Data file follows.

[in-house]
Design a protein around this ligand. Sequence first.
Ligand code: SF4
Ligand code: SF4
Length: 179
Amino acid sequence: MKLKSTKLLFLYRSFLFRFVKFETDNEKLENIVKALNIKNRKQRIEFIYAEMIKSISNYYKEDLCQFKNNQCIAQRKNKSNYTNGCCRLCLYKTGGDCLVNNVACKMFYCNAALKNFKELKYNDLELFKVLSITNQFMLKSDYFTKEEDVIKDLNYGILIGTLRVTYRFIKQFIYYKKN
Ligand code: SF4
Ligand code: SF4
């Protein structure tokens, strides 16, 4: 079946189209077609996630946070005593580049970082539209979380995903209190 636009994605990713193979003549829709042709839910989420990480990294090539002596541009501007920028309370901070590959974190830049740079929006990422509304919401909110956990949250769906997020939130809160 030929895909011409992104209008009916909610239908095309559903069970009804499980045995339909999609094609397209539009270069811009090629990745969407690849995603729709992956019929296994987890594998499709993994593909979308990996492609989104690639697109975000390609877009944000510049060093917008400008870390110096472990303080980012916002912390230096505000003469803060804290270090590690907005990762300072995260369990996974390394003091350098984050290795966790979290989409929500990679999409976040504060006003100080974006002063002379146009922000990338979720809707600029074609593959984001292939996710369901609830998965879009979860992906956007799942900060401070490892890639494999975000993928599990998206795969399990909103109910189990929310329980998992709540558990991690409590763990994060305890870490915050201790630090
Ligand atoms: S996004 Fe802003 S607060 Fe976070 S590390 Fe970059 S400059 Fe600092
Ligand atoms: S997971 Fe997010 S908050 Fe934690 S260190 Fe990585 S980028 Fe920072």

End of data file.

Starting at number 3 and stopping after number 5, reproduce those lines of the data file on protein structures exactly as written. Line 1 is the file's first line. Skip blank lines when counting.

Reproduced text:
Ligand code: SF4
Ligand code: SF4
Length: 179